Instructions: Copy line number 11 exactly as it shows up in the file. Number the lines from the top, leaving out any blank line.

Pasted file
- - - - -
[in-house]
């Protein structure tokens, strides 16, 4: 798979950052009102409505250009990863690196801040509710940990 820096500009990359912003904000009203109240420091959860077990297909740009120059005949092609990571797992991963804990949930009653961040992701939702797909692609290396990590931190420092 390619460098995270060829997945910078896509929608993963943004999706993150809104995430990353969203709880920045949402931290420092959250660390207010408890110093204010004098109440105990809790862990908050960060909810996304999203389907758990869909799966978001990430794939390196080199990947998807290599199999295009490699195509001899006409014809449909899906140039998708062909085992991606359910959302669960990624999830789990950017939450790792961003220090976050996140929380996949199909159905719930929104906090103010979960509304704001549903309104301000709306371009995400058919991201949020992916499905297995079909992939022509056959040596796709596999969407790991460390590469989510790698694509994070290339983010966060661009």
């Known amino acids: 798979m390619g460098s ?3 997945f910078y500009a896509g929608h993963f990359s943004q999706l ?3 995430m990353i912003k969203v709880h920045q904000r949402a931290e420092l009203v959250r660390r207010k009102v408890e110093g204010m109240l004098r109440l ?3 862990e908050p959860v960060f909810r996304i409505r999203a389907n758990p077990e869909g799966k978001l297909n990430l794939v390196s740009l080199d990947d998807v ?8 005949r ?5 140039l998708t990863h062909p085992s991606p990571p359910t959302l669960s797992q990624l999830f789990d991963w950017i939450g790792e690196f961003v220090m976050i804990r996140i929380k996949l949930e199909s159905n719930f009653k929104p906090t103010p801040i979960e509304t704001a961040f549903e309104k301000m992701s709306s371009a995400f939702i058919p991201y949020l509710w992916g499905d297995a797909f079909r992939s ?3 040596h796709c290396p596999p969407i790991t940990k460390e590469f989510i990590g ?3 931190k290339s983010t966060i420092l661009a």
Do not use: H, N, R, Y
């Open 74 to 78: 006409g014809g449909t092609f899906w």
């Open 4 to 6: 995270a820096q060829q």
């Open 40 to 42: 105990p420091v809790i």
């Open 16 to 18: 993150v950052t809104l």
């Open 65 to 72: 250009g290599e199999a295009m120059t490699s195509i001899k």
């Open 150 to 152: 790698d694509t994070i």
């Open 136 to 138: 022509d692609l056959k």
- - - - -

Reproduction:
């Open 136 to 138: 022509d692609l056959k």